At the height of the pandemic lockdowns, many community members parked in front of the Canajoharie library to connect to the wireless internet.
That fact alone, shared on Friday by Sue Friedlander, Executive Director and Chief Curator of the Arkell Library and Museum, sums up the seriousness of what the arts and culture installation on Erie Boulevard means to the community.
U.S. Representative Antonio Delgado D-Rhinebeck, who represents New York’s 19th Borough, understands that sentiment. That’s why he named the Canajoharie Library and the Arkell Museum for a 2022 National Medal for Museum and Library Service, the highest national honor bestowed on libraries and museums for their service to their communities.
According to Friedlander, the results will be published this spring.
It’s also why Delgado spent over an hour touring the facility on Friday, listening intently as the historian guided him through everything from the Beech-Nut factory in the 1890s, which engineers patented. the vacuum jar, to an 1869 painting by Winslow Homer which, before hanging in the 1929 gallery space that was Bartlett Arkell’s inspiration, was once part of a larger painting than ‘Homer split into several units as the larger version received severe reviews.
But despite the history so obvious, especially when it is in the original library structure which dates from 1925, it is the look to the future of the establishment that impresses Delgado, especially since libraries strive to involve the younger generations.
“Because sometimes they can see libraries as dated from their perspective,” Delgado said. “So how do you marry this world that was so critical, so essential for so long, with some of the newer models? If we can marry them, we get the best of the two.
The Canajoharie Library and Museum is full of modern ideas and programs already in place. And many of those ideas come from librarian Maria Cancro, 27, who has only been in office since March but will be promoted to library director in January. The library has just three full-time staff, as well as 11 part-time, according to Cancro.
Making the library free was one of its top priorities, a policy that is gaining traction with libraries across the country. The Canajoharie Library went well for free earlier this month, and Cancro, who has a master’s degree in library science from Syracuse University, said the goal is to send a welcome message rather than a message of potential shame.
“It does not serve good purpose to bring in good people. You are penalizing them for being human in a way, ”she said. “The free aspect of fines is really important because it allows people to enter the library without reservations that there will be a problem. ”
The spirit of hospitality extends to all that the cultural institution offers. Yes, there are the books on the shelves and the paintings in the galleries. But the library and the museum also provide critical access to technology. This includes weekly tech sessions that Cancro runs where visitors can get help with everything from learning how to set up a new phone to finding out how to send videos to grandchildren. . It includes access to a computer or fax machine, or even a laptop to borrow like a book. It also includes innovative programs such as YouTube videos coinciding with artistic content or the development of a podcast, on which children can hear their favorite books read aloud and learn more about the story and the author.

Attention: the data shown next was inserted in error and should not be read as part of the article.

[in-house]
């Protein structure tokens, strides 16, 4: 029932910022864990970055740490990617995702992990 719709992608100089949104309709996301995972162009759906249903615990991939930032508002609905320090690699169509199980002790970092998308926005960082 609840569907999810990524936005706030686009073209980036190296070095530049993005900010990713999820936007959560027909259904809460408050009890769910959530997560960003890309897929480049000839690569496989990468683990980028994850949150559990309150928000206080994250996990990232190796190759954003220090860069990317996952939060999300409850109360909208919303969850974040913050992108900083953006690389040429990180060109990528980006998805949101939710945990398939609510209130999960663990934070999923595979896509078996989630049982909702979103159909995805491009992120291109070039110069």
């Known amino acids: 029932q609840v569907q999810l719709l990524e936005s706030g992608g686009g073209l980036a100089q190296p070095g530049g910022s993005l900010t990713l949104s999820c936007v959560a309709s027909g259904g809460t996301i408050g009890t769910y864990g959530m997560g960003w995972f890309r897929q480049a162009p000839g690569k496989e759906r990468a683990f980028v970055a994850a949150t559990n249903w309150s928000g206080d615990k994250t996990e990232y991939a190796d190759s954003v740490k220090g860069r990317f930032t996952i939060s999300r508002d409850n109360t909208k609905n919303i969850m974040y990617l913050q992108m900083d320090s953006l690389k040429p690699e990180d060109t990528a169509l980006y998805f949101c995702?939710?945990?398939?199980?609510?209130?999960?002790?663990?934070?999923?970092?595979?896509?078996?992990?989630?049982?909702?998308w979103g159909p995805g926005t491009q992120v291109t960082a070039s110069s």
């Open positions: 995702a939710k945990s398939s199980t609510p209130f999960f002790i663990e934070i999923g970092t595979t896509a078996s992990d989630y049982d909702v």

Delgado was won over by the avant-garde ideals of the library.
“If there’s that kind of revolving door that doesn’t come with a penalty, it’s just one more psychological barrier you’re removing,” he said. “I think it’s about keeping up with the technology. As technology advances, you want to make sure people are more connected, have more access points. And think outside the box too.
Cancro excels at innovative thinking that doesn’t push too far, Friedlander said.
“It’s a bit like coming out of medical school. The best young doctor will have the best and most recent information, and I see a lot and more in [Cancro]”Friedlander said.” But I also see in her the ability to not roll out the best, the new, the freshest idea if it isn’t right for us. ”
This is important in a historic village like Canajoharie which, like a library, must think about its future without losing sight of its past.
The possible future of the former Beech-Nut packaging plant as a site for cannabis grow company E29 Labs involves much the same dynamic.
“I like the progress that has been made,” Delgado said of E29 Labs. “I can’t speak directly about every detail of the project and what goes with it, I just know from what I’ve gathered and the contact I’ve had with the people on the ground, it’s good to see some type of development going on there. We know that for a very long time there has not been one. To be able to see that there is movement in that direction is a good thing.
The same goes for the library, Friedlander said.
“How can you add something, how can you improve it? Friedlander said. “You have to build on what is here and find your way. “
And, even though the doors are closed due to pandemic restrictions, you can still connect to Wi-Fi.
For more information, including information on current exhibitions at the Arkell Museum, visit canajoharielibrary.org.
Andrew Waite can be reached at [email protected] and at 518-417-9338. Follow him on Twitter @UpstateWaite.
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Categories: Fulton Montgomery Schoharie